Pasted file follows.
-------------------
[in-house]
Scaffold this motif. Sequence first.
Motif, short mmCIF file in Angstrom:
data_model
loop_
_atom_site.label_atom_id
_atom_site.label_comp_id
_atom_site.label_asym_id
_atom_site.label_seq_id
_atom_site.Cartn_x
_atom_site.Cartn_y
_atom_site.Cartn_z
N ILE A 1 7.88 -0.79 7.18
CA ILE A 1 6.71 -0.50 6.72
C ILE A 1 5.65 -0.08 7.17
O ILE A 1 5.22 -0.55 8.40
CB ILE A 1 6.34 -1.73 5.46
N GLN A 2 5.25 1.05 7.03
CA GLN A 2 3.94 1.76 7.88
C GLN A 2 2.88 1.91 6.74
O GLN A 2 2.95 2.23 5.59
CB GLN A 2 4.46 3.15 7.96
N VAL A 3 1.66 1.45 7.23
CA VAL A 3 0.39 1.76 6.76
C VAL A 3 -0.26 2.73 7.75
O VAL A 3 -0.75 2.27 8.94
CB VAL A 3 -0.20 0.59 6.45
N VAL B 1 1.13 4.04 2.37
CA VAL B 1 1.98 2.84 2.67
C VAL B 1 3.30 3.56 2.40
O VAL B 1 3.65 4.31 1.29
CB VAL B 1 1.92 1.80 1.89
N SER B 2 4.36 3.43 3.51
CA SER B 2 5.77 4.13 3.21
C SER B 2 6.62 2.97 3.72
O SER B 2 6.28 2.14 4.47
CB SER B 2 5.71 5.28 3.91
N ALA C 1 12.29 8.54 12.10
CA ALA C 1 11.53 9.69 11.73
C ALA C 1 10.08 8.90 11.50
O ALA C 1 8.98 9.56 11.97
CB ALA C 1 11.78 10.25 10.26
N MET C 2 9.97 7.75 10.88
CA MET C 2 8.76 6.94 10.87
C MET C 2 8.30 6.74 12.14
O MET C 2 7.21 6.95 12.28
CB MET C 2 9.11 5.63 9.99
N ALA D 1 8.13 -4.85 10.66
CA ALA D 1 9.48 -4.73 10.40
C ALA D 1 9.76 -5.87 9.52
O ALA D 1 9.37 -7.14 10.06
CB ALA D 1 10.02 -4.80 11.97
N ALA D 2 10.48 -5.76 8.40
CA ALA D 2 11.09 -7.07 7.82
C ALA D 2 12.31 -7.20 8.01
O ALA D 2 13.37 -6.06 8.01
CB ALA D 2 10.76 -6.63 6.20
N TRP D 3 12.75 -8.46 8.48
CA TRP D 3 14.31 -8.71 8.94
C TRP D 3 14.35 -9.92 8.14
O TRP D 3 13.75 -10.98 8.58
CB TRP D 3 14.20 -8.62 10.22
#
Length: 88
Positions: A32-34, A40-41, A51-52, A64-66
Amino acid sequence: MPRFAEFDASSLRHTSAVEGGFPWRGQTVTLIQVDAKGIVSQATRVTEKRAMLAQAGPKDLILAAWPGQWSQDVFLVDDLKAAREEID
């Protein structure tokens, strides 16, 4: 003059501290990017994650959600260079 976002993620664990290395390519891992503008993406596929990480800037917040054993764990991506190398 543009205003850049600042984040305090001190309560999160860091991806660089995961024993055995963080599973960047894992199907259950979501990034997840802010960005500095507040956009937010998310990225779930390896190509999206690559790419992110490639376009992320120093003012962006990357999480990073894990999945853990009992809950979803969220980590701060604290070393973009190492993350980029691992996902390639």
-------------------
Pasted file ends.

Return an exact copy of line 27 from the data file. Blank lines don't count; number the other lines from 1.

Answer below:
CB VAL A 3 -0.20 0.59 6.45